Copyright 2010 – The Happy Future Group Consulting Ltd.


Beyond the book

May 10, 2010

Now that the publishing company is working out the final details before the release of the book, time has come for me to spend some time again on the blog part.

During the making of the book, I have been asked about my opinions on a number of subjects. Listing opinions was not the theme of the book, but the blog is a good vector for this. In the course of the coming weeks and months, I will review as concisely as possible specific subjects, present which areas require attention and how I believe the topics will evolve in the future. If you have any request, please let me know.

In addition to these articles, I will develop new topics for seminars and conferences that relate to the book and that offer matter for reflection to the attendees. I also will introduce new modules aimed at improving organization and efficiency of –and within- food value chains. The purpose of these modules will be twofold. They will help participants understand the broader picture, and they will help improving the functioning and the performance of business relationships. This is not only about economic performance, but also about technical, environmental and social performance.

 More about this soon.


The next agricultural revolution

February 19, 2010

(Excerpt from my upcoming book, Future Harvests)

The next agricultural revolution to feed nine billion people will be different from the previous one. After World War II, agriculture advanced thanks to chemistry and petroleum. This time, biology and renewable energies will lead us to progress. It will not be just a revolution in science and technology. It also will be a different way to think about the economy and the environment. Knowledge and communication will become increasingly important, even more so than today.

Agriculture is a life science. Biological solutions will gradually replace chemical applications. All sorts of organisms will be involved to improve the way farmers and the food industry will produce.

Bacteria and viruses will help fight pests and diseases. They will help us reduce our use of chemical herbicides and pesticides dramatically. Genetic engineering will evolve and, as a business, it will mature. DNA science will focus on eliminating flaws and on increasing the metabolic efficiency of living organisms. Genetic engineering cannot continue to be about intellectual property and patents. Soon, seed companies all over the world will know how to do the same. Competition and market forces will determine which model will survive. Governments will not allow a select few to control food. They will get involved in genetic engineering programs and they will break monopolies. Genetic improvement will become collective property again.

Ecology will be a part of food production. Agriculture will manage ecosystems, and economy will become the management of the planet. Living organisms on land and in water will assist us. Farmers will think in terms of systems and cycles. Instead of isolating the field, they will integrate environmental parameters as well.

Organic matter will become central in the future agriculture. Farmers will recreate the cycles to improve the structure of the soil and its fertility. Agriculture will help fixing carbon. The use of mineral fertilizers will decrease sharply.

The economics of agriculture will be different, because the economics of energy will be different. New technologies will come. Solar power and wind energy will become common sources of energy. The economics of water will change, too. The management of water will reshape our food production. Water will become substantially more expensive and only systems that save and preserve water will survive.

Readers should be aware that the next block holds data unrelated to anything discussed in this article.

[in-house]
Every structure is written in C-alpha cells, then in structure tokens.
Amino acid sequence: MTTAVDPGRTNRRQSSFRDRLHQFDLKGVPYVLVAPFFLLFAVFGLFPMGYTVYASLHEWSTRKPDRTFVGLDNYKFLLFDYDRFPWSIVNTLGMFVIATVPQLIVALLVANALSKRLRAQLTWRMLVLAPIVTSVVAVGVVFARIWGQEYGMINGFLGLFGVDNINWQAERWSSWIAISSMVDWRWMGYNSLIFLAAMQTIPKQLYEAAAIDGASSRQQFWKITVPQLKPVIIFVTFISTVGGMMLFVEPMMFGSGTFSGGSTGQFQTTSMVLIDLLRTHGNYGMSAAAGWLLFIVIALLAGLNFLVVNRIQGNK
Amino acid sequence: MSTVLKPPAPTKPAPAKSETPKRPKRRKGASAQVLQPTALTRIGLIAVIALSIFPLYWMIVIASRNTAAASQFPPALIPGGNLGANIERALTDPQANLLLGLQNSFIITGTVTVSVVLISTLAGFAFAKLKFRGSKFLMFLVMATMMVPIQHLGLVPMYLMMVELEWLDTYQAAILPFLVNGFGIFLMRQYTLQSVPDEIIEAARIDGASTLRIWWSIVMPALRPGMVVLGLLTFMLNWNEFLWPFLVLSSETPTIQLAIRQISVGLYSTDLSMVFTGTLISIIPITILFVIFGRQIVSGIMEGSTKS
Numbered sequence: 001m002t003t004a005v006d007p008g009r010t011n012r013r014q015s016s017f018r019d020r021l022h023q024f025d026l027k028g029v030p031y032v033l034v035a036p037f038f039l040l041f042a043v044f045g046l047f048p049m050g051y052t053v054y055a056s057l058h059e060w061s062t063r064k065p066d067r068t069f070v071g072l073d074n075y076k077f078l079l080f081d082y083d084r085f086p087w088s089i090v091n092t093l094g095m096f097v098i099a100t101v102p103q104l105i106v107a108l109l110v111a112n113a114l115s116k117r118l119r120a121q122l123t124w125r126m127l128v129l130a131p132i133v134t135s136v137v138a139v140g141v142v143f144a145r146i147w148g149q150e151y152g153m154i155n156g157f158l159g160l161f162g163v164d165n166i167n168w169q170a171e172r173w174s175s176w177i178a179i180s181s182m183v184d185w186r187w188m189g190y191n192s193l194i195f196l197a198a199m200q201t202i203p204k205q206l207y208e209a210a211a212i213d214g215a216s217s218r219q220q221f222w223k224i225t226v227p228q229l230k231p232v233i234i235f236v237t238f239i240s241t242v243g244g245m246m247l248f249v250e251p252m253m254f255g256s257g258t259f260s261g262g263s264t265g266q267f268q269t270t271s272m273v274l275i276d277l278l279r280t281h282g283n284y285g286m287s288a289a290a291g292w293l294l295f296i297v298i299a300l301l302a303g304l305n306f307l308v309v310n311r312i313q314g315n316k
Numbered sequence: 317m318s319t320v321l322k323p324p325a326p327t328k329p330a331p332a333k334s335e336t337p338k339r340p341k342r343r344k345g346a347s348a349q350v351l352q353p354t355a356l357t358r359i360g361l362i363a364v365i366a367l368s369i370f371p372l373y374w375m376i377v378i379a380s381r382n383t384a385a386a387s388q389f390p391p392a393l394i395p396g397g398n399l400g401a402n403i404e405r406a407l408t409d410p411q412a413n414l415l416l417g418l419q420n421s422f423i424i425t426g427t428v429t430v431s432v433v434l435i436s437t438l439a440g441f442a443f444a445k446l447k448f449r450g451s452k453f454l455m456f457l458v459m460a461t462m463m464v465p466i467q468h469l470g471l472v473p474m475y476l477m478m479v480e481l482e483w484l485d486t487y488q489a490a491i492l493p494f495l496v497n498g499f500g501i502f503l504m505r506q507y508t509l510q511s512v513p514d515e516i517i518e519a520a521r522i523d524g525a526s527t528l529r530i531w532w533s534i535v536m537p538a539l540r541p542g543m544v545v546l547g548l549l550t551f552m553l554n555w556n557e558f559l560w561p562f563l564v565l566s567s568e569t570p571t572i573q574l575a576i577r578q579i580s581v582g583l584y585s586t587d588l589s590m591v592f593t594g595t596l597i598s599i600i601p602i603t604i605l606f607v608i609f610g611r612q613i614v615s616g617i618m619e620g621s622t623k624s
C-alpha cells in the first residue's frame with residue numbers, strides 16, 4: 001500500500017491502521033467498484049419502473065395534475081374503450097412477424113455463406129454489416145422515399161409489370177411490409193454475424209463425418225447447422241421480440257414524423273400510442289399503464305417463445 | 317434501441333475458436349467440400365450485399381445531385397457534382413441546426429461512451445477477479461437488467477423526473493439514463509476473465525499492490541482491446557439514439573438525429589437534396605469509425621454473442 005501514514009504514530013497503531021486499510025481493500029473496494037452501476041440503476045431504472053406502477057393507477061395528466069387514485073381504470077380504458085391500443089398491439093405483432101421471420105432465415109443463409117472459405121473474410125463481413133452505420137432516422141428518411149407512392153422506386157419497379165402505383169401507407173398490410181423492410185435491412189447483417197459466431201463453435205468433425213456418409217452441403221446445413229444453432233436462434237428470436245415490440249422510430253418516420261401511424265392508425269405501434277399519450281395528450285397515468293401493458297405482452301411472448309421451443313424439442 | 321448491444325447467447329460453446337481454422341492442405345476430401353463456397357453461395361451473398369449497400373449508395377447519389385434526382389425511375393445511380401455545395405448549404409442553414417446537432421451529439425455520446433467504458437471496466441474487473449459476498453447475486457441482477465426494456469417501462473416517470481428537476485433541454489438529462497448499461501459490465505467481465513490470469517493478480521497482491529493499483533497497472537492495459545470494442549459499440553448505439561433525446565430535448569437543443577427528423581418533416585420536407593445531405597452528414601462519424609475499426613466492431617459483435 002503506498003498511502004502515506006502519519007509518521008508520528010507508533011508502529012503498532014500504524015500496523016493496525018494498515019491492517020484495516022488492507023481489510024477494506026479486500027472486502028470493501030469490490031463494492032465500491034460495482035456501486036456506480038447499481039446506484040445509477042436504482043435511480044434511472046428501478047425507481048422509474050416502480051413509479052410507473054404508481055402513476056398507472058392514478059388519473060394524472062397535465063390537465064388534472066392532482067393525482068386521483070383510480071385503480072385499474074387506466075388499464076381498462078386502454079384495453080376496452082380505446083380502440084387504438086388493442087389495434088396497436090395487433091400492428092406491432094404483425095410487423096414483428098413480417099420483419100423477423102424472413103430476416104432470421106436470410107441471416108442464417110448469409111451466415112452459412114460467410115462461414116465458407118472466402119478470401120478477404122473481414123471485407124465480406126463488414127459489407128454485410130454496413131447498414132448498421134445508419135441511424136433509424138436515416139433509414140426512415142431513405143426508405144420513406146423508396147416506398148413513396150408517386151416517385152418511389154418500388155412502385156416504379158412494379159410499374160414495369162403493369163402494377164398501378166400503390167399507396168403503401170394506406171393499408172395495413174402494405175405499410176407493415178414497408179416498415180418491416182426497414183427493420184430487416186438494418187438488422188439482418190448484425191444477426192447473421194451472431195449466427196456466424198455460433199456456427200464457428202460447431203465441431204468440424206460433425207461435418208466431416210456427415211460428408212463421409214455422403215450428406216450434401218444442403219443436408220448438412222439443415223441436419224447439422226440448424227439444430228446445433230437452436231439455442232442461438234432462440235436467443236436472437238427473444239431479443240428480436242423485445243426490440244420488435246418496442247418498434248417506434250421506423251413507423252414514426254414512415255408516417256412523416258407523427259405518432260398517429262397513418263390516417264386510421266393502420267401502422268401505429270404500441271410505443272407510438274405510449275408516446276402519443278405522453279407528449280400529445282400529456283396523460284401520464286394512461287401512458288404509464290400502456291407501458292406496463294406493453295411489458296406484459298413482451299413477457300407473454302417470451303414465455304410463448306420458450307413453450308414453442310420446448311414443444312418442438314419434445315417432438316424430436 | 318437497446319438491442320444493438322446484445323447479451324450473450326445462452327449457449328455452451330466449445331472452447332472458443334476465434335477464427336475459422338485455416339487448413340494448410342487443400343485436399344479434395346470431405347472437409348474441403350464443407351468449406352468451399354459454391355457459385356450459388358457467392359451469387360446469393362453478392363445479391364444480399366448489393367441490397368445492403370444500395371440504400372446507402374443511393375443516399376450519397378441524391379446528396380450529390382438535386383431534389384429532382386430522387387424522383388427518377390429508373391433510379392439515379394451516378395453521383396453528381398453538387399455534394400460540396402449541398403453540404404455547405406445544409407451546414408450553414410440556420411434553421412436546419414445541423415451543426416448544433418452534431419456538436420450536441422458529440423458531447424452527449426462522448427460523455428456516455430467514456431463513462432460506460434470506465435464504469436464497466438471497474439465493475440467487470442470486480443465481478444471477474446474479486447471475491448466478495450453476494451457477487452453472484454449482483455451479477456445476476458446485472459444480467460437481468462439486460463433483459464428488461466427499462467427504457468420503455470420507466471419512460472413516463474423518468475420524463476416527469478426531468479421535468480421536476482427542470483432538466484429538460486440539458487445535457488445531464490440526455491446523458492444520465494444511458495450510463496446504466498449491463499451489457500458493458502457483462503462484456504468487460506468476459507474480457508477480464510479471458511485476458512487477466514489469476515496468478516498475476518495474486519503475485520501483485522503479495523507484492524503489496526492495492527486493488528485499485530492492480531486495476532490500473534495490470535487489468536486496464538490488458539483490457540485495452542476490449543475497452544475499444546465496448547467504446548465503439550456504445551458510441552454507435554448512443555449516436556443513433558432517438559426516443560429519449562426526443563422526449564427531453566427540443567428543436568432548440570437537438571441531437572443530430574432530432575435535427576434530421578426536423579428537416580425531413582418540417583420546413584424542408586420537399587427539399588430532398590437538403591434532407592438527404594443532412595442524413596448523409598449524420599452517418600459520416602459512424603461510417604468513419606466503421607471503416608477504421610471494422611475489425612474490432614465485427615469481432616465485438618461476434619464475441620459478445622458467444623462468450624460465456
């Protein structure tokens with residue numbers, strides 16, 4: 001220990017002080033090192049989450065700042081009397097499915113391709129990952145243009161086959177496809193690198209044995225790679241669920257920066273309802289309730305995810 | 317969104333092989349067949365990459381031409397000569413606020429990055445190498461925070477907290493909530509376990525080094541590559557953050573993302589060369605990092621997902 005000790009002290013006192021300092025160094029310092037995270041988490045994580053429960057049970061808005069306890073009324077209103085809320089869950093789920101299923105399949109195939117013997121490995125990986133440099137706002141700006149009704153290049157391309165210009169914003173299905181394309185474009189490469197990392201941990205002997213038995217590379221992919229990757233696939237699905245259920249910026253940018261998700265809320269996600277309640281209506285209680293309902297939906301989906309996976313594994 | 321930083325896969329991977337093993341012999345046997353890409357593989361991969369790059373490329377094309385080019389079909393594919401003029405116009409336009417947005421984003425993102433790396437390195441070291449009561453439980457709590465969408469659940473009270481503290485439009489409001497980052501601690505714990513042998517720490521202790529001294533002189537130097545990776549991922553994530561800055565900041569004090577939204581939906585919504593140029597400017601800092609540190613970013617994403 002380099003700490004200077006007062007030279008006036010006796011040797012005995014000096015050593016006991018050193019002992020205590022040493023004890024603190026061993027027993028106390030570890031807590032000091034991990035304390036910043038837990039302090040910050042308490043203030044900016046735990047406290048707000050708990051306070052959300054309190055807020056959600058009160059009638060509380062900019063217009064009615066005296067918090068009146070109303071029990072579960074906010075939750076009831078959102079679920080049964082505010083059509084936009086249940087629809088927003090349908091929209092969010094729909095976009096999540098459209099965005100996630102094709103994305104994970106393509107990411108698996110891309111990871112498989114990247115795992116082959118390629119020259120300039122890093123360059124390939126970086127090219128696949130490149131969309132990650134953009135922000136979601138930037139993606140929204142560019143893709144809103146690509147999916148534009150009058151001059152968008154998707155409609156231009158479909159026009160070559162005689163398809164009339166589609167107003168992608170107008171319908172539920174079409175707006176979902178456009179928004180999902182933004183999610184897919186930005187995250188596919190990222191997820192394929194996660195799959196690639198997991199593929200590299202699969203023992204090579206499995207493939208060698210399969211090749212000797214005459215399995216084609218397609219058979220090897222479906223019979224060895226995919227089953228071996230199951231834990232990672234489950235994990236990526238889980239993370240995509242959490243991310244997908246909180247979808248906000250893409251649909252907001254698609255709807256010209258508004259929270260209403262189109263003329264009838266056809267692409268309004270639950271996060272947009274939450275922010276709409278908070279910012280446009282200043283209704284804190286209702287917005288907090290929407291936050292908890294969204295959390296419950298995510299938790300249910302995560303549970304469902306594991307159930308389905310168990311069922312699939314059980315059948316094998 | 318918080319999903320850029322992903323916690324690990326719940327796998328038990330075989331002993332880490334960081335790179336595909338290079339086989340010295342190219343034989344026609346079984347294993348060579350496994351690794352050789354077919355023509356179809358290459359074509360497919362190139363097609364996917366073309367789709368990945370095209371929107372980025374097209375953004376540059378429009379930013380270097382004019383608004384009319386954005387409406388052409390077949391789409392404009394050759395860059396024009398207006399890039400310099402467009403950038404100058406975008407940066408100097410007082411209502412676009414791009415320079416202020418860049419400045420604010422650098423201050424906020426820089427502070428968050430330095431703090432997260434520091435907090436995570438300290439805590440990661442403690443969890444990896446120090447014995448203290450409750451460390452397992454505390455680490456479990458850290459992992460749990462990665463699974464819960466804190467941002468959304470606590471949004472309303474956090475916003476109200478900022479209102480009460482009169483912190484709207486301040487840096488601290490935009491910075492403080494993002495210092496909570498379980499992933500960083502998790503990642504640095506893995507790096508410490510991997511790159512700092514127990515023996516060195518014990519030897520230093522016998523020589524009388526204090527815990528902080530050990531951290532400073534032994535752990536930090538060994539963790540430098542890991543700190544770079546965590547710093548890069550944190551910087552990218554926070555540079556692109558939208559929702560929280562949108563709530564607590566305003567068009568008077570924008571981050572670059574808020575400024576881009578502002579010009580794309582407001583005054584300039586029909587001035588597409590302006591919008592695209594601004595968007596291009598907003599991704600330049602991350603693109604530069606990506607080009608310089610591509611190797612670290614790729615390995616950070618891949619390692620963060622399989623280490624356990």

Information technology will help make decisions faster than ever before. Portable computers will give the farmer the ability to get data almost instantly about the status of the crops, markets, health status and conditions of production. It will allow them to optimize inputs and outputs better and faster. It will save time, inputs and money. Knowledge and information will be our best tool to act efficiently and to improve our food production.

Transparency will become the rule. There will be no secret because consumers will be better informed and because there will be nothing left to hide.

The most critical part of the next agricultural revolution is leadership. Having a responsible long-term vision is critical, but it will not be enough. The world will need leaders that will make the right things happen. In all sectors of the society, there will be a need for such leaders who can muster the energies and who make the general interest and the long-term come first. The need for food security will alter our governance systems, in government as in business ethics. A challenge will be to manage greed and fear. First, there will be greed. Then, there will be fear. Until this day, humans have done a poor job of feeding the world. Famines have come and have gone and there still are hungry people. Humans have done a poor job at preserving their environment, too. With nine billion people, such a poor performance will have much heavier consequences. Procrastinate or being sloppy are attitudes the world cannot afford anymore. The proper leadership will come, but the change will not happen per accident. There will be a heavy crisis first.

Agriculture will regain its place in the economy as the most important activity. A change in the attitude towards funding and investments will also be part of the revolution. More players will engage in agriculture because returns will be higher for all.

The revolution will not just be for farmers and the other players in agriculture to carry out, but consumers will have their share to deliver. A change in mentalities is necessary. Wasting food is not acceptable. Selfishness will not work anymore. Food security is not a given, it is work in progress.

Copyright 2010 – The Happy Future Group Consulting Ltd.